Much has been written about passenger train operation over the years, whilst the less glamorous goods side of things has been rather overlooked, despite being the prime source of income to most railways in the days when they "paid their way". For the LNER at least, this book seeks to redress the balance, although the coverage has had to be selective owing to the large size of the subject. Starting with a survey of locomotive types, contrasting geographical goods areas and their traffics and services are then examined in more detail. Well illustrated throughout, the result is a reminder of the enormous scale of the operation in the days when everything went by rail.
John Hodge [Publisher: Wild Swan 1999] Hardback 92 pages
Definitely one for the Great Western fans amongst us, a classic album of trains, mainly taken during the zenith of steam on the South Wales and West of England main lines. There is particularly good coverage of South Wales, and train compositions are shown to good effect.
Sue Sterndale [Publisher: Wild Swan 2006] Hardback 102 pages
Tony Sterndale worked in the drawing office of Swindon Works in the late 1940s and photographed locomotives old and new, both in the works and on the nearby main lines. The result is a unique insiders view of much of the locomotive changes taking place at the time together with the wider activities undertaken at Swindon Works. The images are all of high quality and well printed, generally "loco-centric" but depicting their subjects, many of which are delightfully humble and obscure, in wonderful detail.
Tony Atkins [Publisher: Wild Swan 2007] Softback 180 pages
A much more pictorial book than part one which introduced the subject, and surely the best yet published pictorial reference of the era when railways were true common carriers. In detail the book first covers depots and their work in general terms, wagon categories and transfer before going on to describe London area depots in detail. There are any number of really interesting and informative views in this book, personal favourites include the Park Royal estate railway, the Guinness works and the incredible system of wagon turntables under Smithfield Market. An invaluable reference for those interested in the handling of freight in the railway age, whatever one's company prefences may be.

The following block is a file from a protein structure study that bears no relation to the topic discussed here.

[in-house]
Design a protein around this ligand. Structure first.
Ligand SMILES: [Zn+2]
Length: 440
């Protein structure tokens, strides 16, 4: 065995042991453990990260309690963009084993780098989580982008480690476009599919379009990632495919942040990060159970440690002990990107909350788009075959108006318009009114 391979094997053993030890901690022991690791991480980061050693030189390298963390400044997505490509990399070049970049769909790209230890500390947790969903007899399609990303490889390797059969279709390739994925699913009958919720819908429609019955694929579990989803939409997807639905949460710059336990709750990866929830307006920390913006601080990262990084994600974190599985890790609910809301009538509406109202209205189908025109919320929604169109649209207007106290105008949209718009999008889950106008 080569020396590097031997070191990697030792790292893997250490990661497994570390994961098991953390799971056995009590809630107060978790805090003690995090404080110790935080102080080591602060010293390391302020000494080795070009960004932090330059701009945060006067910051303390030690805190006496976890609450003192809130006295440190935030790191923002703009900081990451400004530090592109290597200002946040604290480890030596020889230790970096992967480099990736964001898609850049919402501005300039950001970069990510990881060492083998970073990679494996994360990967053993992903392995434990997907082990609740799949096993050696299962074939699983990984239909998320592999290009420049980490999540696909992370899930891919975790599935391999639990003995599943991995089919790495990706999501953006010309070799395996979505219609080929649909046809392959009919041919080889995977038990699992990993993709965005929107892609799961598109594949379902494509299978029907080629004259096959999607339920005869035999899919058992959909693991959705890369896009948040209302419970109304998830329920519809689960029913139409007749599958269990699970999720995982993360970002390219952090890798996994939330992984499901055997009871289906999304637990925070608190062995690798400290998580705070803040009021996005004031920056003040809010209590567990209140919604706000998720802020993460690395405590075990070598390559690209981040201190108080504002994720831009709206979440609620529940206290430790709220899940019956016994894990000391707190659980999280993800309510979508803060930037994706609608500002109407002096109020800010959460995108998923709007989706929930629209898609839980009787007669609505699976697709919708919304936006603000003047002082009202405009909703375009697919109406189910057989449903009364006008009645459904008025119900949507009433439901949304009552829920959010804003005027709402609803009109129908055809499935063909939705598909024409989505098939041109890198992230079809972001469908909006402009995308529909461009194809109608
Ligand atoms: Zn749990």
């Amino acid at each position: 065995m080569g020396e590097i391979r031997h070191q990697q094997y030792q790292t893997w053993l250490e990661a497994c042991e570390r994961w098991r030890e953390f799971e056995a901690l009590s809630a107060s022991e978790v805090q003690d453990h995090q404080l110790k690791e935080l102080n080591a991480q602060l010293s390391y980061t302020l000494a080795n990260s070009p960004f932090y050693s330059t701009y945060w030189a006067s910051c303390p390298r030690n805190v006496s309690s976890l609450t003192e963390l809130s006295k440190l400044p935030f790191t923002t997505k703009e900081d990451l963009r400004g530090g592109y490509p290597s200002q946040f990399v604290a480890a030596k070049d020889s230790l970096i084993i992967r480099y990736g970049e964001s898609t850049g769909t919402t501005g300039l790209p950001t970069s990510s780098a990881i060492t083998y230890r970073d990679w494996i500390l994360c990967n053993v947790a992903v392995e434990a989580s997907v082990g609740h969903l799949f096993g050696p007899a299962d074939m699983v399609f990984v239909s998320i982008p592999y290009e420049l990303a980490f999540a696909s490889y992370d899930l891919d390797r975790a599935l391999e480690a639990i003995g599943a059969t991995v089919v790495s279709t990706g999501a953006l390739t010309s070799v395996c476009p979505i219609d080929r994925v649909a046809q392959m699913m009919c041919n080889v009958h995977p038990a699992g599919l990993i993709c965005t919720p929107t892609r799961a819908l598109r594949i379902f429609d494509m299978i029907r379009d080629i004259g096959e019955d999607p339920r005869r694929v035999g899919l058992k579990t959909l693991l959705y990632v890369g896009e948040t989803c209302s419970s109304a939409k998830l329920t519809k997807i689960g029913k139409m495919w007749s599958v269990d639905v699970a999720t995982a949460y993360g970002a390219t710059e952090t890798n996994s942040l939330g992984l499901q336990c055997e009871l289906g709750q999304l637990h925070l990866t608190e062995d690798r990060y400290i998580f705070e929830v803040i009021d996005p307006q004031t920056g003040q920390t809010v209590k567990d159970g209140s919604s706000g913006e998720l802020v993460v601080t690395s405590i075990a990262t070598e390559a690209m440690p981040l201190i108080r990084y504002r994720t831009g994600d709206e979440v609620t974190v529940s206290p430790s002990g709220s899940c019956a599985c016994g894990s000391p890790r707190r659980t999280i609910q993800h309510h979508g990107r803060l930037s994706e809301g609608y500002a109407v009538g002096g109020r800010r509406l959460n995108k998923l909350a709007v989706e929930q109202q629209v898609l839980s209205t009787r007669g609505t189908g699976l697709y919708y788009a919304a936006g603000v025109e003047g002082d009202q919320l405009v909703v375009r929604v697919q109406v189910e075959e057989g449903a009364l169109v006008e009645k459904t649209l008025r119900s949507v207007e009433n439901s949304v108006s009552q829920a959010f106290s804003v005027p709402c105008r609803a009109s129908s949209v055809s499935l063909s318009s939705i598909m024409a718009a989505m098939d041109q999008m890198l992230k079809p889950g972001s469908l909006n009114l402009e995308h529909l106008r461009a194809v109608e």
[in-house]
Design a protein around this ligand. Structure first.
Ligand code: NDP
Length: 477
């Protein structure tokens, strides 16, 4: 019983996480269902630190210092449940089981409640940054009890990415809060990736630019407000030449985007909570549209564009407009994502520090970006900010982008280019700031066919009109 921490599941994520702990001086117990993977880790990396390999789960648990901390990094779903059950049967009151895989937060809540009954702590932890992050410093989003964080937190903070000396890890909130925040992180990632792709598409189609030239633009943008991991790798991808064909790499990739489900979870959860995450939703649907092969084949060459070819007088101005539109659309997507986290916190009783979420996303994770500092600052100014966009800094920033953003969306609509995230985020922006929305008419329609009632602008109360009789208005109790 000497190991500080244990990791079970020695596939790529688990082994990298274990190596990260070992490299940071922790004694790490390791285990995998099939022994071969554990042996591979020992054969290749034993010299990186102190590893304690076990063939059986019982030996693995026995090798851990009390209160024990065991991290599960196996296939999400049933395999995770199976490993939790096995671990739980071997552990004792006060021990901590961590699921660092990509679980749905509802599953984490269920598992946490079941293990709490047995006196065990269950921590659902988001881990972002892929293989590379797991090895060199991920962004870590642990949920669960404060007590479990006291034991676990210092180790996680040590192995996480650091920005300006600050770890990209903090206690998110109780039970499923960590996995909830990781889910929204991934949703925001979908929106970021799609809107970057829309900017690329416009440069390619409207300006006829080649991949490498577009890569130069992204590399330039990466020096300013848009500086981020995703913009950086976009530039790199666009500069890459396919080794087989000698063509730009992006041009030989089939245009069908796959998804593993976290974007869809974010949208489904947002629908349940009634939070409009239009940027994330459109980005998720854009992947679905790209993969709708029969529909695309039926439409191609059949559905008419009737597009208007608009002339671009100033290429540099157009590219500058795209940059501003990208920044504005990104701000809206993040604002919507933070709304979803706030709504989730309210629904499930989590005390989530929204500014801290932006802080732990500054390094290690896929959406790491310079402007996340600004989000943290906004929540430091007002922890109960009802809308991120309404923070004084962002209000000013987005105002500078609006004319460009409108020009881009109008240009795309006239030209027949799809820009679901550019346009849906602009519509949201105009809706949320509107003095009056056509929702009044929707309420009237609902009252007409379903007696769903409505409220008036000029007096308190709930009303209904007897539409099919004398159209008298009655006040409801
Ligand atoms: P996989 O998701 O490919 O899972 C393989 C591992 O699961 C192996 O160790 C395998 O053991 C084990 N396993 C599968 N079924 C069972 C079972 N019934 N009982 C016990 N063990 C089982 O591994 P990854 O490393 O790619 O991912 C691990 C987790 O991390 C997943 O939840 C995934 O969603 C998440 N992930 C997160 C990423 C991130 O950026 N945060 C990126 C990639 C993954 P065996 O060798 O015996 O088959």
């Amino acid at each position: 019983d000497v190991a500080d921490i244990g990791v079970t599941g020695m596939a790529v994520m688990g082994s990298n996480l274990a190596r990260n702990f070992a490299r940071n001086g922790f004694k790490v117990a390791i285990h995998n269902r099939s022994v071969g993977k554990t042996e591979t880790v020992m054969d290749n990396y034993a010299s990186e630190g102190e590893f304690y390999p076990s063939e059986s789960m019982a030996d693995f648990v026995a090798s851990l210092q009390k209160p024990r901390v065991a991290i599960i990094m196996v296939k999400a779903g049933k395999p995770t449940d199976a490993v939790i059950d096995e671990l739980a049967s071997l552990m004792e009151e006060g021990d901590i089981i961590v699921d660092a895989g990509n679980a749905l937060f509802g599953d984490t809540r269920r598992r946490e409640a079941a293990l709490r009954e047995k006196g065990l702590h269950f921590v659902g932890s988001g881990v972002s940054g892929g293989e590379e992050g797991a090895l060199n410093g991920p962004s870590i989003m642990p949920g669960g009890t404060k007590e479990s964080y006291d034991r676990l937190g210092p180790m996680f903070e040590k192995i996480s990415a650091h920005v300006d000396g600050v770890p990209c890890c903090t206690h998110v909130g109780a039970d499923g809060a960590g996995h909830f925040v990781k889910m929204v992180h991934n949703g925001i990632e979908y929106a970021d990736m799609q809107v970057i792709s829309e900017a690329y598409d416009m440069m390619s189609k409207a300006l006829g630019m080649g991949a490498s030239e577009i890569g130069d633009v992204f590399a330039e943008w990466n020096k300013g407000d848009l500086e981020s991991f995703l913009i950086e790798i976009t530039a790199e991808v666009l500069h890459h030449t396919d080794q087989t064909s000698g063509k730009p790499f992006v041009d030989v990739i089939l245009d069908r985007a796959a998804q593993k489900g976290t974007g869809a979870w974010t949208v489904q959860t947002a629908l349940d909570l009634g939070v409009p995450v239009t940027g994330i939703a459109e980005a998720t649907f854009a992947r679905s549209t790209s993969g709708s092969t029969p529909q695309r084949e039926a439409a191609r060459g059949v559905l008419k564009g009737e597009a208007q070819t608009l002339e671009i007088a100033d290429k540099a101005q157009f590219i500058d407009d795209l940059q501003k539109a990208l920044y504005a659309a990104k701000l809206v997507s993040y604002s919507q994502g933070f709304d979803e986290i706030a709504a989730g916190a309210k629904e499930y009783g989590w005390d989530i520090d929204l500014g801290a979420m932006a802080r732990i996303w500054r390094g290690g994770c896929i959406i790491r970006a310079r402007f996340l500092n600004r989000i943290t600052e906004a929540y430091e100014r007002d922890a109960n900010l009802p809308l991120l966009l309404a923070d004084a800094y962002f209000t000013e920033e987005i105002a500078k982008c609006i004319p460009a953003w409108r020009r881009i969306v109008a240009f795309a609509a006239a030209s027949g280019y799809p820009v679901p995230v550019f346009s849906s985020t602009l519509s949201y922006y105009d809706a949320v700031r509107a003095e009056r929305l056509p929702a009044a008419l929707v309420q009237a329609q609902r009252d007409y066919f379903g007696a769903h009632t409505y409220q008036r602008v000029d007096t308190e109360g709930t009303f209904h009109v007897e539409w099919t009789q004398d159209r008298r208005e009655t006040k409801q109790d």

Tony Atkins [Publisher: Wild Swan 2010] Softback 199 pages
This, the third of a series of three, cover goods yards and their operation and is far and away the most pictorial of the series so far. It covers all of the Bristol, Birmingham and Cardiff area depots in detail in addition to Ross on Wye to represent one of the many smaller depots. A final chapter details various improvements across the system and features very good detailed pictures of improving and evolving freight facilities. These include two cracking views of the new (1906) facilities at Bath and loading china clay directly from lorry to wagon at St Austell in 1931, amongst much else. Details of station truck working over several time periods and also direct wagons being run on a regular basis in 1923 further illustrate the complexity of freight operations being run - and all done without computers.
Tony Atkins and David Hyde [Publisher: Wild Swan 2000] Softback 142 pages
As this is the first book of what will be a series, covering the subject in considerable detail, it is a little more "wordy" than one might expect. Do not let this put you off however - it is well worth reading. It sets out the historical background and technical details of the subject before moving on to describe the different sources of traffic across all of the company's goods districts. The photographs included are of considerable interest, showing many facilities and aspects of goods handling in great detail and, amongst other views there is an "Aberdare" hauled goods (including an LSWR van) passing through Bath before Oldfield Park halt was built. It is strangely uncredited as such and appears on page 59. I am very much looking forward to future volumes, and the publisher and authors are to be applauded for shedding light into a fascinating but neglected part of british railway history.
Brian Hart [Publisher: Wild Swan 2000] Hardback 252 pages
An immaculately well written and beautifully presented book on an exceptionally pretty branch line which ran for thirteen miles or so across the Weald from Paddock Wood on the Kent Coast main line. The whole story is recorded in exquisite and minute detail, from surveying and construction through the inaugural train to the "last rites", and there is even a chapter devoted to the hop - pickers and their special trains. Full scale drawings and plans of all buildings are included, as are track and signalling diagrams and the wonderful photographs cover every conceivable detail of the railway line - this is as good as it gets.
Brian Hart [Publisher: Wild Swan 1987] Hardback 168 pages
A beautifuly written and produced book on one of the shortest branches on the South Eastern Railway. Built with double track and Continental aspirations, it was latterly truncated and singled and closed as early as 1951. Comprehensive photographs, track plans and scale drawings are included and there is a fascinating "bonus section" covering the Hythe and Sandgate Tramway and its travails.